On Saturday, Oct. 10th, the Clinic hosted Refugee Adjustment Day. During this event, dozens of refugees from places like Burma, Eritrea, and various Middle Eastern nations came to the Clinic to receive assistance with completing and filing paperwork for legal permanent residency, more commonly known as applying for their green cards. Thanks to dozens of volunteers and support staff, the Clinic was able to serve 51 clients in one day!
Brandon Fitzsimmons, the Immigrant Justice Program Manager and the person responsible for coordinating much of Refugee Adjustment Day, says, “It can be pretty daunting … when you’re dealing with things that can make or break you like your legal status.” Rachel VanTyle, the lead staff attorney for RAD, adds that mass volunteer events like this are important for the community and for efficiency’s sake. She says, “What it would take me 4 months to do, we can do in 8 hours with this many volunteers.” Such days also give the Clinic the opportunity to provide services for which we might lack funding. Rachel explains that each application, if completed by a paid attorney, would cost roughly $500 per client. Therefore, by relying on volunteers to help so many people at once, the Clinic is able to provide more than $25,000 worth of services that might otherwise be impossible.
Brian Dunkel, another staff attorney at the event, thinks RAD and similar volunteer efforts can also help educate the community about who refugees really are. He says, “One thing to remember is that a refugee is lawfully resettled in a community by the U.S. State Department, so it’s not that refugees are here illegally. They’re here because of the turmoil and really the catastrophes that have happened in the region of the world that they’re in—whether that’s war or natural disaster or persecution—those are the reasons that bring refugees here. So they are folks that are a very compelling group of people to serve because of what they’ve been through and the fact that they’re here. They’re in our community; they are now our neighbors.”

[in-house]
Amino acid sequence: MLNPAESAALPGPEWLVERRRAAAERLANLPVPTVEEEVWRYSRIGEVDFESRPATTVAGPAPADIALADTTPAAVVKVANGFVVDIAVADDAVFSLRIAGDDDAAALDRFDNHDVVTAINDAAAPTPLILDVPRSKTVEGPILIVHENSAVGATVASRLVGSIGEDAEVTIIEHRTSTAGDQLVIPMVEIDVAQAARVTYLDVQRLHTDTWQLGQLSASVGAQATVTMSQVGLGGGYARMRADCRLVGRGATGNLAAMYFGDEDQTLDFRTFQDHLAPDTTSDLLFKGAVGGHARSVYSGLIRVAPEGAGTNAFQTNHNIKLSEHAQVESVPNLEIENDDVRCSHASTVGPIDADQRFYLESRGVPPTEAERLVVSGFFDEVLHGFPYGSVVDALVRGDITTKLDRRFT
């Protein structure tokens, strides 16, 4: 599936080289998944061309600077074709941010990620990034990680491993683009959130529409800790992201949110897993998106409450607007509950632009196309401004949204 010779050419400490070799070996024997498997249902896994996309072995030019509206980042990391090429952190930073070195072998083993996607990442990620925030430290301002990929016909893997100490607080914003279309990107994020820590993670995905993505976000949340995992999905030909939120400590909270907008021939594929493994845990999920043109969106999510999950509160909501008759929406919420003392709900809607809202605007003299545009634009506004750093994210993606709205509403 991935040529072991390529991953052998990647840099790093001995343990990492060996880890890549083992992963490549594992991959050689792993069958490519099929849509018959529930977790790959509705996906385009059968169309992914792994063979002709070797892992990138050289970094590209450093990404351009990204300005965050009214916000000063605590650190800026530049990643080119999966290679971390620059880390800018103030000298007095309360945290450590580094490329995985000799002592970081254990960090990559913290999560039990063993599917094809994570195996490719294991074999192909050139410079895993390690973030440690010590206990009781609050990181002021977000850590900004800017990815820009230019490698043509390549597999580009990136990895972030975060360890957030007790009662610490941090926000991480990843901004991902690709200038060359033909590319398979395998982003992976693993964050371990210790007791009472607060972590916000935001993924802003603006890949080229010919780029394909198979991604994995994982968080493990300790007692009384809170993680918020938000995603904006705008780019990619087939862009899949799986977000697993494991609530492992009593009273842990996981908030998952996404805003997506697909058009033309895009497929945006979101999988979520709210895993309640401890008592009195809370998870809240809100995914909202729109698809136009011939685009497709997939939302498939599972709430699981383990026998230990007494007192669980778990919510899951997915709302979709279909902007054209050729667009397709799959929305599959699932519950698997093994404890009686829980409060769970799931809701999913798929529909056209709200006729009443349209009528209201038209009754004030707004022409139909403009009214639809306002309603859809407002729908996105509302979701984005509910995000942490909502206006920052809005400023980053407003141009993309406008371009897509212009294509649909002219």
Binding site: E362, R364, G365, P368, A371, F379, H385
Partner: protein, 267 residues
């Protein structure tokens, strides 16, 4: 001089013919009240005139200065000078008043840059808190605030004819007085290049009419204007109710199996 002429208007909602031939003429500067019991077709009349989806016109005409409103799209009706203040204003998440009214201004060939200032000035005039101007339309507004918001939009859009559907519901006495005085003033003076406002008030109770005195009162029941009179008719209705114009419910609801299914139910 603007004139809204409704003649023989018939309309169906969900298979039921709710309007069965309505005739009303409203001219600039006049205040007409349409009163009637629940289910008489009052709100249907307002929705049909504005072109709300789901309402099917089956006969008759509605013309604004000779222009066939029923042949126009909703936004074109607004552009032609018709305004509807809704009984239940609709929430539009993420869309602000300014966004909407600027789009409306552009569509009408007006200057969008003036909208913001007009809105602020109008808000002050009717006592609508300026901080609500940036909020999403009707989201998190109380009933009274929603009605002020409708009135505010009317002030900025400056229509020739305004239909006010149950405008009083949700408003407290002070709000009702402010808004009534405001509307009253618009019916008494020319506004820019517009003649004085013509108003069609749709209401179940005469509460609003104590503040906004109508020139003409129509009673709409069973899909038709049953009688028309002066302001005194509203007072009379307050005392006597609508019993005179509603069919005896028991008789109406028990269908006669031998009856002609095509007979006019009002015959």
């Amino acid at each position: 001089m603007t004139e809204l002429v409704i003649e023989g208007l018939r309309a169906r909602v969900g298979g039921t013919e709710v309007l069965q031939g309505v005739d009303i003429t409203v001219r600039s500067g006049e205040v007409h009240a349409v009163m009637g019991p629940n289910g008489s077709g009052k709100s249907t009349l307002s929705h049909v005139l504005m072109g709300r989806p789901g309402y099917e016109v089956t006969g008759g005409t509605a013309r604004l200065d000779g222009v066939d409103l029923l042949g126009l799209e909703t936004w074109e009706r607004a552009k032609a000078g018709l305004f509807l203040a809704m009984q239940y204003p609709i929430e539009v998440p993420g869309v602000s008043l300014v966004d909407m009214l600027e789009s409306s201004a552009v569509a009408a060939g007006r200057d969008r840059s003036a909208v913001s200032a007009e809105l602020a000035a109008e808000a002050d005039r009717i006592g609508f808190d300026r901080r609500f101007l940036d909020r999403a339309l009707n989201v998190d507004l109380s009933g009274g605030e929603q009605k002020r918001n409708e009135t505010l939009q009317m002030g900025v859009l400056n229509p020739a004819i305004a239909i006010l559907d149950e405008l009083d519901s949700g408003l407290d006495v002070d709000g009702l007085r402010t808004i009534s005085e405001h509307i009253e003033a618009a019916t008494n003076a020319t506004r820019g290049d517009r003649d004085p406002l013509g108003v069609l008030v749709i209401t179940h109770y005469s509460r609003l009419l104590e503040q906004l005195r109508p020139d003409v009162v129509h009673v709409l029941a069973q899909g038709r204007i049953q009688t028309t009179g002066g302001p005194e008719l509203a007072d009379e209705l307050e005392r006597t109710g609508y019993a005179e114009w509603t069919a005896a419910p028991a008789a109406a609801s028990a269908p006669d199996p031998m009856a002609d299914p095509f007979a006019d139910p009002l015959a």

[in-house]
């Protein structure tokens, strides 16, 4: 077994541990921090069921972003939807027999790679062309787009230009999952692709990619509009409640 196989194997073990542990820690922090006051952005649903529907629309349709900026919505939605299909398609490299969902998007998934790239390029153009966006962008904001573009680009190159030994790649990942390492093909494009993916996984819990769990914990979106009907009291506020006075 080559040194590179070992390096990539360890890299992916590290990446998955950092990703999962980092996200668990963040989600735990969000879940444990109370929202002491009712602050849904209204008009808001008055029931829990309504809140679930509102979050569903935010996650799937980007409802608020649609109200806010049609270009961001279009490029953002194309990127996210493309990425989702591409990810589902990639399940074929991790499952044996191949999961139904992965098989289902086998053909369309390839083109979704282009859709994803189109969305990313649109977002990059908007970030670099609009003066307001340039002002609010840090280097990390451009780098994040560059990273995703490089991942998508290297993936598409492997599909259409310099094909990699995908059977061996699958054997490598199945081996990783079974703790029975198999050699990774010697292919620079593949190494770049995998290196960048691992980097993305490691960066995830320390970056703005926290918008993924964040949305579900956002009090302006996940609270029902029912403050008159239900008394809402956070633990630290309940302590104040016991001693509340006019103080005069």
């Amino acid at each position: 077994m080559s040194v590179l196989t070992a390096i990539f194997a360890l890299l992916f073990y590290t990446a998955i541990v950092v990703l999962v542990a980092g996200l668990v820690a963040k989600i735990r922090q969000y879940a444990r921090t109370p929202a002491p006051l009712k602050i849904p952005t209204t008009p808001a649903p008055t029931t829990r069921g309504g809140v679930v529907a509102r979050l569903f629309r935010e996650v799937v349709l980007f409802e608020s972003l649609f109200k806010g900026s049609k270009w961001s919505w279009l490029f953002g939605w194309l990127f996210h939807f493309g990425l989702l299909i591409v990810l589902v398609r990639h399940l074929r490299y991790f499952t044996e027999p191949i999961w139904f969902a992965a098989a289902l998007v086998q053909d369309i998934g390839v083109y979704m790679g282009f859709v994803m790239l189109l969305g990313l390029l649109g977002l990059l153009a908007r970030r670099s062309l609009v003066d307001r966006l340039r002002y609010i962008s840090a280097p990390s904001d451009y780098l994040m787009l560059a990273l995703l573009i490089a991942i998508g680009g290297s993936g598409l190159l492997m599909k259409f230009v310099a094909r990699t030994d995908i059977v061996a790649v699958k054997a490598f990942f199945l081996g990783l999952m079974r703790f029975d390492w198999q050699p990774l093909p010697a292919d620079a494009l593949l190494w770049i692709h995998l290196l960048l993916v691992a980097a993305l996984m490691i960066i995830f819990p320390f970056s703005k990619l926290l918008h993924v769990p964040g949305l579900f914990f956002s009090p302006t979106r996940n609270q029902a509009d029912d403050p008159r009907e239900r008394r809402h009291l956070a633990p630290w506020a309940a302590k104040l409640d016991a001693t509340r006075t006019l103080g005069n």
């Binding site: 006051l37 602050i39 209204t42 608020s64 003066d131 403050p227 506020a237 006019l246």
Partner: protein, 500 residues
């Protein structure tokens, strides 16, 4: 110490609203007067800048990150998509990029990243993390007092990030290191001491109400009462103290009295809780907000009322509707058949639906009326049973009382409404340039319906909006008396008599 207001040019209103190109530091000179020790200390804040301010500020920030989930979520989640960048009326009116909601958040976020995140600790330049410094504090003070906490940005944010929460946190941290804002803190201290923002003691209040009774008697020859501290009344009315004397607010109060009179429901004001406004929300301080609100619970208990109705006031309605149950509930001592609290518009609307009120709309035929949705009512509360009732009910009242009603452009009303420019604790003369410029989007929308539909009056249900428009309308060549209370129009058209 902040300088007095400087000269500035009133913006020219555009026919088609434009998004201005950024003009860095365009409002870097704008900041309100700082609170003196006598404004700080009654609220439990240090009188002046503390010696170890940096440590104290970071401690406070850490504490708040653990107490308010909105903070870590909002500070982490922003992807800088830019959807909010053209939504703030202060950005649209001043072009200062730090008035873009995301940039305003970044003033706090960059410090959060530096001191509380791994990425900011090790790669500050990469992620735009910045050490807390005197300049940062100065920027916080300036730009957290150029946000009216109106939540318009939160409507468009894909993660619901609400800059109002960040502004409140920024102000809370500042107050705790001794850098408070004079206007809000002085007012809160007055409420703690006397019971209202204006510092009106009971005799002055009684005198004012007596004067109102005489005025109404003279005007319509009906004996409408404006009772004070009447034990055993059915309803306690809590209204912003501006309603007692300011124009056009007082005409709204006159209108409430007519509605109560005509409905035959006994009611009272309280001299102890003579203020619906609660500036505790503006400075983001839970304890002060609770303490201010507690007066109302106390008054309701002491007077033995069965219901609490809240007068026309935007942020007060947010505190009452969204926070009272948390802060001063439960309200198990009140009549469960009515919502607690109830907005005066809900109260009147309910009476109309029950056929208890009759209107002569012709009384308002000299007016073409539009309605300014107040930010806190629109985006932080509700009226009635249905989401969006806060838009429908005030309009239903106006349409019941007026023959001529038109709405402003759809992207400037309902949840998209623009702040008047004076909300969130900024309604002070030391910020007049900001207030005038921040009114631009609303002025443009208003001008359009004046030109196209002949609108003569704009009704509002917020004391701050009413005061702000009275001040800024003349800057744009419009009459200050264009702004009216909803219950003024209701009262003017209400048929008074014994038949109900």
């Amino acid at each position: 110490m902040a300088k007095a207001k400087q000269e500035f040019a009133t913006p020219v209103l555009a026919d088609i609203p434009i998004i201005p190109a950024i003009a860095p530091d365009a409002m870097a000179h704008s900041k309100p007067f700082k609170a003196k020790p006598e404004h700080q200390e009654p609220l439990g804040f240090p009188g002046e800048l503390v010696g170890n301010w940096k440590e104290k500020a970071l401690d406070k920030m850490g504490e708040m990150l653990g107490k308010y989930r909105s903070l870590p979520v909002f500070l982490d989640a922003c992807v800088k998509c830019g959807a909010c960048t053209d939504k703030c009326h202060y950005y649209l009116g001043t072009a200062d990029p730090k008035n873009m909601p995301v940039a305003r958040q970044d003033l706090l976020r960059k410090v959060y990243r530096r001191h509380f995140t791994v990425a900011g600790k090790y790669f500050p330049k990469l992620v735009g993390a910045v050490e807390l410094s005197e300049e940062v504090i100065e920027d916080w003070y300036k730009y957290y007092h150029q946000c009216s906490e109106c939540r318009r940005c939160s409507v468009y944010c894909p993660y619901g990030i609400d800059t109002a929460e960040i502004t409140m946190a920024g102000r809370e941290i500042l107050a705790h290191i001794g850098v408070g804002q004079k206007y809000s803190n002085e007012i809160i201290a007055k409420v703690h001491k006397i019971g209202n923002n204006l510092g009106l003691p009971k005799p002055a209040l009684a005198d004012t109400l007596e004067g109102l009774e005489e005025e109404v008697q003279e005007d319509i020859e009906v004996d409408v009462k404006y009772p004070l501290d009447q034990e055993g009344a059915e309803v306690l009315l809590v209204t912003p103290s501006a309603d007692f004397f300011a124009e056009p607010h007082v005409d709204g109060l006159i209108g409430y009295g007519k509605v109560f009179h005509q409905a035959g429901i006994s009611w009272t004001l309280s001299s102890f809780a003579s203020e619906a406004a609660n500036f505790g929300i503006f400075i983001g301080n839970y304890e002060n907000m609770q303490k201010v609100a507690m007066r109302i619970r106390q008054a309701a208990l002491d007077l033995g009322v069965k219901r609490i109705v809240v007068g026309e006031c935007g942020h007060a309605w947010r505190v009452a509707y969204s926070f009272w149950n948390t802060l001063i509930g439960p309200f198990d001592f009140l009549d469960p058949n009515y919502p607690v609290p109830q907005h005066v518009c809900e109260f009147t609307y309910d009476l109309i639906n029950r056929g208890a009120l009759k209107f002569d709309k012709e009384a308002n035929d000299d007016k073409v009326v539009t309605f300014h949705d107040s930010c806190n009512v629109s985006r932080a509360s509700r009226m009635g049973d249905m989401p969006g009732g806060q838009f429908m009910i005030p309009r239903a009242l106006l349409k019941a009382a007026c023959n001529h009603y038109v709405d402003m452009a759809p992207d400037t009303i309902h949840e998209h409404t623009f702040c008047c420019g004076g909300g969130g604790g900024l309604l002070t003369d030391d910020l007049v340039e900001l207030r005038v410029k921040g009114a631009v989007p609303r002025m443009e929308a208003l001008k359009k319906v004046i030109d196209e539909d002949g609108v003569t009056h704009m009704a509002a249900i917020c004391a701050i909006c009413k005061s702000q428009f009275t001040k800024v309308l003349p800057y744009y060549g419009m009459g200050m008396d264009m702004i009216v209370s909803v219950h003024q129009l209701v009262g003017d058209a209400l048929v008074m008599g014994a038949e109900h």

Although many of the volunteers at RAD are connected to the Clinic through friends, family, church affiliations, etc. one volunteer, Audrey Mulholland, simply performed a Google search for local opportunities to help refugees before settling on the Clinic. For the past year, she lived in India working for International Justice Mission. She says, “I was here [in Indianapolis] just waiting for my visa to go back overseas, to go back and play an active role in human rights. But then I realized those issues can be addressed and resolved here—wherever you are—by being involved and helping organizations like Neighborhood Christian Legal Clinic.”
Big volunteer events like these run smoothly now, although Rachel says there was initially a learning curve. She recalls the first year and a man who had to wait several hours to speak with an attorney. When Rachel apologized to the man, she says he replied, “You know, I waited for like 4 years in a refugee camp—I can wait a few hours to see an attorney.” Rachel laughs and cocks her head at the memory. “If that’s not a huge dose of perspective, I’m not quite sure what is.”
Photos by Anna Wolak